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Indonesian Street Food Tour of Glodok (Chinatown) in Jakarta

 

Indonesian Street Food Tour of Glodok (Chinatown) in Jakarta

 

– It is truly a genius of a creation. I’m going to take my first bite. Wow, that rice, it’slike a combination of a rice and omelet. What’s up everyone, it’s Mark Wiens with migrationology.com in Jakarta, Indonesia. It is mid morning and Yingand I are walking over to Glodok, which is Jakarta’s Chinatown. And actually, we don’treally have any plans of what we’re gonna do there, not really, but we’re just gonna walk around, explore, probably find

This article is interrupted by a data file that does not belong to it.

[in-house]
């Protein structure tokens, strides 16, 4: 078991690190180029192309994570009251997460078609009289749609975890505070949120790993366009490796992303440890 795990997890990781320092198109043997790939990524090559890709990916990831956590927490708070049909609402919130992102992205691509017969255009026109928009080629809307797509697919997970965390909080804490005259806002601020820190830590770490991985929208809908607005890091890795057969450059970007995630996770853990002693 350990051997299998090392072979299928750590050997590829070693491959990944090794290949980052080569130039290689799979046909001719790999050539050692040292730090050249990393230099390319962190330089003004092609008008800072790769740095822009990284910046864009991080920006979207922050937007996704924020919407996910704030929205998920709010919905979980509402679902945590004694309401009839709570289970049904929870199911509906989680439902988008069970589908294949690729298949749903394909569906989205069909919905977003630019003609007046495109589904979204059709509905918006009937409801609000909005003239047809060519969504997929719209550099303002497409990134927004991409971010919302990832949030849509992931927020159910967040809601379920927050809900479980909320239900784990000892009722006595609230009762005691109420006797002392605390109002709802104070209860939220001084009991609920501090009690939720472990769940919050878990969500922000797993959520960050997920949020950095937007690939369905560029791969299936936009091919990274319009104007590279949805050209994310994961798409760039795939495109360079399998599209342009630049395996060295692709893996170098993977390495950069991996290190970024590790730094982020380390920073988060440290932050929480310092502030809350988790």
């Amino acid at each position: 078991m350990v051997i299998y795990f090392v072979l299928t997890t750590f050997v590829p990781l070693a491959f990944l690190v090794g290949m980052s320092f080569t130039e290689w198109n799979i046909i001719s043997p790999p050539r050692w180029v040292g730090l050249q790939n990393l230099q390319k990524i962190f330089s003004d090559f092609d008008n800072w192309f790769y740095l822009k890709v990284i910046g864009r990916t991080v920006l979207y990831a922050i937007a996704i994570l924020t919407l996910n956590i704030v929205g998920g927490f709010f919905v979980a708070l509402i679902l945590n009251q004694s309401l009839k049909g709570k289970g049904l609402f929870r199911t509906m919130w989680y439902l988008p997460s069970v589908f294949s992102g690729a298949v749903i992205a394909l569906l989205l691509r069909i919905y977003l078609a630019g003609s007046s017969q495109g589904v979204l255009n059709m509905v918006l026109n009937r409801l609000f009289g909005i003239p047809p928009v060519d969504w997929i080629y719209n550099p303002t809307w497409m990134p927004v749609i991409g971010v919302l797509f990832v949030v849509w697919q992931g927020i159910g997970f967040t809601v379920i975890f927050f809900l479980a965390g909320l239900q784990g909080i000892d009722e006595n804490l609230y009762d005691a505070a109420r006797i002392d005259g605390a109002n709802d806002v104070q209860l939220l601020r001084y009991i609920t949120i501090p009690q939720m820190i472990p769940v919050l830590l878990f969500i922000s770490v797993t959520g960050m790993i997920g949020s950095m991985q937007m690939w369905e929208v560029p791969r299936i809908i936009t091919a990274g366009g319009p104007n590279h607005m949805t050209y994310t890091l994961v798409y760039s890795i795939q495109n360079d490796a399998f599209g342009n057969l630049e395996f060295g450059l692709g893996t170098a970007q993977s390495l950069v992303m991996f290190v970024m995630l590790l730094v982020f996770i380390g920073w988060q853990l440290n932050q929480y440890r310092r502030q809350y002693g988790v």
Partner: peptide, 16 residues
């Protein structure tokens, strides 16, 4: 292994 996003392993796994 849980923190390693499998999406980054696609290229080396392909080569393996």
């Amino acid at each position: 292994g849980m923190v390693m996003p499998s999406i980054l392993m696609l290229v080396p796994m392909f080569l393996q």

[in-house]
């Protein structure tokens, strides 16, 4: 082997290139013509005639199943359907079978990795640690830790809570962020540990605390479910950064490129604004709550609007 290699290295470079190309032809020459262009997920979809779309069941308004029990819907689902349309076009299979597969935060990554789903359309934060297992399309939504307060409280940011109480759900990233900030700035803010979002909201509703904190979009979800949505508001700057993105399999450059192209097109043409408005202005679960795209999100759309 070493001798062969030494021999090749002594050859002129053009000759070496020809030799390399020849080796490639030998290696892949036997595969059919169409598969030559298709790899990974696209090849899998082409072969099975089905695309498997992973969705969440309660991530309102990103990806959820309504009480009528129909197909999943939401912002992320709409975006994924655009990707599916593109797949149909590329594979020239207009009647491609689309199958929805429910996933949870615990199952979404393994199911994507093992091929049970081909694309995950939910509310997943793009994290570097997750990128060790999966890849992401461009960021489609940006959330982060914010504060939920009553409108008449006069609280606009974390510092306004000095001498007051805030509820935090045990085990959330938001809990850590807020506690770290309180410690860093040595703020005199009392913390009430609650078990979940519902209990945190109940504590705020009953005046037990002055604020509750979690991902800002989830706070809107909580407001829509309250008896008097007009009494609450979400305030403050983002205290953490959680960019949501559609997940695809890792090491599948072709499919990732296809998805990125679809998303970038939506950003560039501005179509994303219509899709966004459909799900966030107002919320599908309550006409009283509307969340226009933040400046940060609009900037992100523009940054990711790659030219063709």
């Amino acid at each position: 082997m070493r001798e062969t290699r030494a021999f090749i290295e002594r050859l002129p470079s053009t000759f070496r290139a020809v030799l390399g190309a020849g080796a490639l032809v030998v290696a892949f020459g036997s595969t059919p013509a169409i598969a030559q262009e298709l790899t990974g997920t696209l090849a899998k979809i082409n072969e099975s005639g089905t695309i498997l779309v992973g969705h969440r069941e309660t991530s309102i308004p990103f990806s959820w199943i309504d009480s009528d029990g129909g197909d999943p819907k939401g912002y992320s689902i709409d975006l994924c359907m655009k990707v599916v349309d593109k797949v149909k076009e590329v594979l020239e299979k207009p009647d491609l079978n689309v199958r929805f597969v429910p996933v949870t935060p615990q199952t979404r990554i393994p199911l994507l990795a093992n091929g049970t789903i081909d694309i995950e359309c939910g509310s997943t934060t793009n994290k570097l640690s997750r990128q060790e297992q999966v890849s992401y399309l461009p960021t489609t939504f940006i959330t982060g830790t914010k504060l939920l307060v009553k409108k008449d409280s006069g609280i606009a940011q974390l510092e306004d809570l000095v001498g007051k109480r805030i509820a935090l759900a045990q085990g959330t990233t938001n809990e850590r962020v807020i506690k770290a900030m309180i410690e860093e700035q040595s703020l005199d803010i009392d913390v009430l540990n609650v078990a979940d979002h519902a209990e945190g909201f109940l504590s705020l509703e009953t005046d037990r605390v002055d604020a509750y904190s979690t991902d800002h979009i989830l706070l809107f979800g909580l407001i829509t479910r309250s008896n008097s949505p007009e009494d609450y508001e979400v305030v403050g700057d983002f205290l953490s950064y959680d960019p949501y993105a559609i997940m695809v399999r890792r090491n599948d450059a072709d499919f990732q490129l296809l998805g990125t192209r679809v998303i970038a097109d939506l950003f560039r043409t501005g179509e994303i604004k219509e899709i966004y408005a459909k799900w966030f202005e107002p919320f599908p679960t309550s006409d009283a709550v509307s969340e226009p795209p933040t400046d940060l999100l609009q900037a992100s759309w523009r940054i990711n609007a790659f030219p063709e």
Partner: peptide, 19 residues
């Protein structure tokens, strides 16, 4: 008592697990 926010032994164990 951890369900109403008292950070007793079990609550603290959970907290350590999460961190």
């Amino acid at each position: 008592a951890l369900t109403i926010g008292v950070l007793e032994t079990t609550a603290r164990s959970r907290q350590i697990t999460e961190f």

some street food. There’s a lot of traffic,as usual, on this road, so that’s why we are walking. We’re going to beat the traffic and we’re gonna explore Jakarta’s Chinatown. We took the back way to get to Chinatown, through the back streets, but we are definitely in Chinatown now. The whole, it’s still Jakarta, but you can definitely feel that it’s Chinatown. We passed a couple ofChinese temples already, and you can see some ofthe old Chinese buildings that are evidence thatwe are in Chinatown, as well as, I thinkwe’re gonna walk through a market soon, I’ve seen somepeople carrying lots of bags. And also, in Chinatown, theyalso have bicycle rickshaws which are available for transportation. We have gotten to themarket section of Glodok. There is a lot of beautifullooking fruits and vegetables. And actually, this Chinatownkinda reminds me of Bangkok’s Chinatown, Yaowarat,very, a lot of similarities. And it’s a very tight, and busy place. A lot of business and commerce and markets everywhere you look. We just took a turn down a side alley, this is just a walking alley, and we are in route toa famous coffee shop. I think it’s somewhere downhere and maybe to the right. The market street is areally great atmosphere, but then when you get downon these even side alleys, it’s really quiet backhere and really nice. A lot of people are very friendly, and there are lots ofrandom things for sale. Just look at this quantity of avocados. We’re just walking through the alley, we haven’t made it to the coffee shop yet, but I saw a guy sellingsiomay from his motorbike. He had a variety of differentthings in his steamer, and we kind of just chose anumber of different things. I think these are the actualsiomay and then there’s some tofu and then he alsohad one with bitter melon. I think pork stuffed into bitter melon so I got one of those. And then this is definitelya Chinese style of a dish, but what really makes itIndonesian is that they serve it with peanut sauce. So, after he finished slicing them all up, he put a big scoop ofpeanut sauce and then he squeezed on some kecapmanis which is sweet soy sauce. And I think that’s kind of achili sauce on the side there. So, I’m gonna try one of these first. Dip it into the peanut sauce. Wow, that has a verysquishy kind of texture. Almost like mochi glutinousrice texture to it. And then at the tail end of my bite, then I can taste some sesame oil and maybe a little bit of minced pork. That’s just a straightup piece of tofu with the sweet peanut sauce and a little bit of chili in there as well. I really love bitter melon, it has such a wonderful bitter flavor. And then it’s juicy and has a, like a cucumber crispness to it. (inaudible) As I was eating that plate of siomay I was standing right across the street from a vegetarian restaurant andthe owner here is really nice and he invited us to try some of his all vegetarian Indonesian food. And what I really want to taste, I think I’m just goingto get a small taste, because we might have a lot of, So, he has a whole spread ofdifferent Indonesian dishes all vegetarian and the onethat I really want to taste is rendang which is one ofthe most famous Indonesian dishes and it happens tobe a favorite of mine, as well, but I have never hada vegetarian version of it. I didn’t want to order awhole plate of food with rice because I think westill have a lot to eat, so I just got some ofthe rendang to taste it. This is the rendang vegetarian. What is in the rendang? – Mushroom, we make it outof mushroom, black mushroom. – I could have a mistaken it for chunks of meat definitely. Even on the inside itlooks kind of like meat. That looks like a big meatball. That’s really good, oh wow. It’s like meat but it’s more tender. It almost tastes like pulled beef, but that is all mushroom. That rendang is delicious actually. It’s a little bit spicy,you can taste the coconut, and these are some kindof spring roll types of things and he said it might taste a little bit like shrimp. I think that’s bean curd. That’s awesome. That is my kind ofvegetarian bite right there, just solid mushrooms, it’slike compressed mushrooms. That was impressively good,especially that rendang. And, so, if you’re lookingfor all vegetarian food in Jakarta in Chinatown,it’s right in this lane. And I’m not sure the name of this lane, but that was really good vegetarian food. We finally made it to thefamous, legendary coffee shop. This place is called Kopi Es Tak Kie. It is an old school ChineseIndonesian coffee shop. And it has a lot of history to it, if you look around youcan see a lot of photos on the wall and a lot offamous people, I believe, have come here for coffee. It’s really humid and Idecided it would be a good idea to order a hot coffee. Oh, that is a good black cup of coffee. The coffee is so smooth. And I get it sugarless, so it’s just straight up black coffee,but really smooth. It doesn’t have much acid,and just a good, clean chocolatey flavor. And this an indoor coffeeshop and they have a number of different streetfood stalls that set up right outside the door of this shop, and so you can order street food and then they will deliver it inside so you can sit down at the table as longas you’re ordering drinks and eat the street food from outside. And one of the optionsright outside the door is Nasi campur and Nasi campur is actually just means rice and mixed everything. There’s some crispy porkbelly, I think that’s gizzard. This is like boiled chicken. There’s a tiny sliver of an egg. I think this is the charsiu, the roast pork, the roasted barbecue pork. That’s a lot moreflavorful than it looked. That rice is really good. And then that pork is very lean and it’s actually quite tender. But I think it would beimproved with some of this chili sauce, let me add that over here. And that’s a little piece of pork belly. And I think that isgizzard, looks like gizzard.